In addition to this project, when researching projects related to mapping memories, I came across the project, It Happened Here by the Pratt graduate student Eric Rieper. The project was created in 2013 and, on the contrary of Cooper’s project, Rieper’s project chose a different platform to let people share their memories. He chose to develop a website through which people could quickly share their experiences that happened at a specific place. As he described the project, “There’s something interesting trying to explore these intangible, ephemeral moments and render them tangibly. So I had this idea to build this system without any real pretext, giving people this opportunity to contribute their experiences and place them in space” (Rieper). The project functions in a way that the viewer has to open the website and refresh the page to see a new statement by someone else who tells (by a written phrase) what happened at a specific location, which is marked by a pintpoint. An example of a statement is, “this is where I learned to fear.”

For me, this project seems like a great start to what could become a more powerful and profound project. I absolutely appreciate the project being quick and interactive while letting anyone share a moment with others and I believe that simplicity is one of the intentions of the project. However, I’m still confused about the fact that the viewer doesn’t have the option to zoom in or out in the map, which makes it harder to figure out the city where a specific statement is referring. This might actually be intentional, so the project emphasizes that people are experiencing personal moments all the time, everywhere and it doesn’t really matter the city or context, but it does matter that all of us are having different experiences, at different locations, and this reminds us that life is happening for everybody, everywhere. However, the functionally of the project is still unclear to me. I tried myself to add a personal statement into the map, and it didn’t work, which made me wonder if the project is no longer functioning, as it should. Also, I personally would like to see a date connected to the statement and I think even a longer description so others get closer to those who are sharing a personal moment. Even though Cooper’s project also doesn’t give any information about the people who are sharing their thoughts, the audience still gets closer to them by the format of her project and for me, Rieper’s project definitely misses this element, which again, is probably intentional.

Project’s website: and Eric’s website with some information about the project:



Creative prototype:

By analyzing both of these maps, in addition to reading Mapping Spectral Traces and Deep Mapping the Media City (specially chapter Multisensory Methods), I began to think about my memories of NYC and other cities, and I then started to think about my memories in relationship to specific senses. Which moment and place reminds me of a smell, or a taste and so on. I then thought about this concept in relationship to both New York and San Francisco, where I lived for almost 7 years. It was interesting that the memories connected to San Francisco were more profound, nostalgic and specific. I think that this happened because I still live in New York, and, in this specific case, often times it is easier to “remember” when you don’t live in a city anymore. Thus, I decided to create a map for San Francisco and Marin County. The maps use colors to express feelings towards specific areas in relationship to my memories about these places. In addition, the map uses a legend to show the five different senses in relationship to specific locations. I also created five extra legends that refer to: places where I worked, homes where I lived, places I biked a lot, routes I used to drive frequently and lastly, where I feel extremely nostalgic. The experience of creating these maps was indeed more emotional than I expected and this made me conclude that I absolutely love the organic steps of documenting memories and emotions (next, I will create one of the East Bay, where I also lived and worked, and one of Brooklyn and Manhattan). I consider this an initial step of personal documentation that can lead to documenting further personal emotions, or even traumatic events.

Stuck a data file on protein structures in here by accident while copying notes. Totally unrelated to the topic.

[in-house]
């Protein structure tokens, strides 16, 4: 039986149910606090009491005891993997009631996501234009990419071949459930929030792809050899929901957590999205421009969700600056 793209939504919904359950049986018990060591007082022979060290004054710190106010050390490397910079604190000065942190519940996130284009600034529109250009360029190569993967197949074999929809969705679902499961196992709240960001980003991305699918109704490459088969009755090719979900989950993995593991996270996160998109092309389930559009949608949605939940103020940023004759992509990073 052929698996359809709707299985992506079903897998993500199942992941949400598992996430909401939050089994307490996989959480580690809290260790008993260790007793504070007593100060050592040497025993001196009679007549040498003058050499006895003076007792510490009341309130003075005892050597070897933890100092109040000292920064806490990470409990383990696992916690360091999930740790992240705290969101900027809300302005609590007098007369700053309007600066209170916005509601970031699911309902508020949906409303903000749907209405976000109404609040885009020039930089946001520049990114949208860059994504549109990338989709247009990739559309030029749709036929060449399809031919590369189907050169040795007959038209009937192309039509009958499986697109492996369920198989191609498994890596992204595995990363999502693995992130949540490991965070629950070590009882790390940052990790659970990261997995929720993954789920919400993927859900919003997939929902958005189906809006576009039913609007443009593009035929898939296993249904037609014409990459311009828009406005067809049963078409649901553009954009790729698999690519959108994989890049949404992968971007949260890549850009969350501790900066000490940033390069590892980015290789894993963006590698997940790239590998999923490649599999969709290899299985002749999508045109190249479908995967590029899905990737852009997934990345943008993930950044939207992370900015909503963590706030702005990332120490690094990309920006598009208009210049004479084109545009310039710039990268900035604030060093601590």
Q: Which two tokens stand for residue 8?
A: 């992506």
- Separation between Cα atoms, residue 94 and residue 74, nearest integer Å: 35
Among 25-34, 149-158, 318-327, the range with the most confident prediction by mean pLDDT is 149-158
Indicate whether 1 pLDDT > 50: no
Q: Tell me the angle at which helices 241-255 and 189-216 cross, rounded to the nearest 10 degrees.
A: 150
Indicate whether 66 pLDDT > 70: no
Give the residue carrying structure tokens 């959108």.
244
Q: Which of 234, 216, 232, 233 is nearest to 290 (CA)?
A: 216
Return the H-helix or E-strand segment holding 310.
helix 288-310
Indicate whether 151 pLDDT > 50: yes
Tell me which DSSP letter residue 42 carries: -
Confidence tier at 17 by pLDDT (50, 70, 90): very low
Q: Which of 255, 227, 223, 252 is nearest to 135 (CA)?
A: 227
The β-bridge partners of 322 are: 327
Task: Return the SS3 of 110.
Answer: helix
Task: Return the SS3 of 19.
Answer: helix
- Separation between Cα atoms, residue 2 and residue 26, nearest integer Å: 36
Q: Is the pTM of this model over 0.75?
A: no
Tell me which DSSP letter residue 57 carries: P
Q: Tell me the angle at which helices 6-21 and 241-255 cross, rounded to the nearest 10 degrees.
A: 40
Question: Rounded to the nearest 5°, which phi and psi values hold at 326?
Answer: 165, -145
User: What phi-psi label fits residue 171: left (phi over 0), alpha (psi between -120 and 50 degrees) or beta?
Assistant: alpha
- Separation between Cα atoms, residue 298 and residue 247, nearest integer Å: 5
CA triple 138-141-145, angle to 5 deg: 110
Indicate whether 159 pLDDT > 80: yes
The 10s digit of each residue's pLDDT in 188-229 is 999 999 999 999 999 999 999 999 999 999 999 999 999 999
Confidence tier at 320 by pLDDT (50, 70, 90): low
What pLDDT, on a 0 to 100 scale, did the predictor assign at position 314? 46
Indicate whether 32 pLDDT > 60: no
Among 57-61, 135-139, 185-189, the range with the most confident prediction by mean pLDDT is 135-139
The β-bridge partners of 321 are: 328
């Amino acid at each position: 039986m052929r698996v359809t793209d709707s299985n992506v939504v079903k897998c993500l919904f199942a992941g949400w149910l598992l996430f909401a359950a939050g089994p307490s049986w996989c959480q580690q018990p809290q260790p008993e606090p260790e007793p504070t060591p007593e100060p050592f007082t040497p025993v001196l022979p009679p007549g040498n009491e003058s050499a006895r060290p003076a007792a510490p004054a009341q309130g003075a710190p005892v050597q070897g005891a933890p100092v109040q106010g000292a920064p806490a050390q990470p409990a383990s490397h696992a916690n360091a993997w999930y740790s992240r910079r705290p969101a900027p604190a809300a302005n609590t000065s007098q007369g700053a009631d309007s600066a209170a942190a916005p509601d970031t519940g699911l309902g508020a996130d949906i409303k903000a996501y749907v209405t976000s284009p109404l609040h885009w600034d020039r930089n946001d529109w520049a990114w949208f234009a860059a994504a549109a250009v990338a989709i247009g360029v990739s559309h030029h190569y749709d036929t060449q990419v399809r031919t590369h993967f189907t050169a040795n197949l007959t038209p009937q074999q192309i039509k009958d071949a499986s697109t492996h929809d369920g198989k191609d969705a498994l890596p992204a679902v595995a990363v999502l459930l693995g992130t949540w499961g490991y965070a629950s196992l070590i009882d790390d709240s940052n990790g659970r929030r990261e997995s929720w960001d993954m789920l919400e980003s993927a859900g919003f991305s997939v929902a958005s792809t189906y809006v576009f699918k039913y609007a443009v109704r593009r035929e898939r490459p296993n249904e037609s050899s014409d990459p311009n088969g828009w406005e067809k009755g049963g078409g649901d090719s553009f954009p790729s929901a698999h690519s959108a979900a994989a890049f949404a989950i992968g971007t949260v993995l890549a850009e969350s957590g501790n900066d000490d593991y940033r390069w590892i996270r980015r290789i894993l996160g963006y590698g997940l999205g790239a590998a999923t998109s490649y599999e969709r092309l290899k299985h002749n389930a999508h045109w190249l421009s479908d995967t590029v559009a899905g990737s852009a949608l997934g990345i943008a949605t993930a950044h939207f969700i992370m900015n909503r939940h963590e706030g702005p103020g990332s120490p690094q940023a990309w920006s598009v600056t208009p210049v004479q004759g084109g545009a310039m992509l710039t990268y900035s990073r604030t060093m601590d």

Cooper, Becky. “Map Your Memories.” Mapyourmemories. Web. 3 Nov. 2015.

“Geo-Tag Your Most Important Places In This Map Of Memories.” Fastcoexist. 16 Sept. 2013. Web. 3 Nov. 2015.

McLucas, Cliff, and Karen E. Till. “Deep Mapping. A Brief Introduction.” Mapping Spectral Traces. Blacksburg: Virginia Tech, 2010. 7. Print.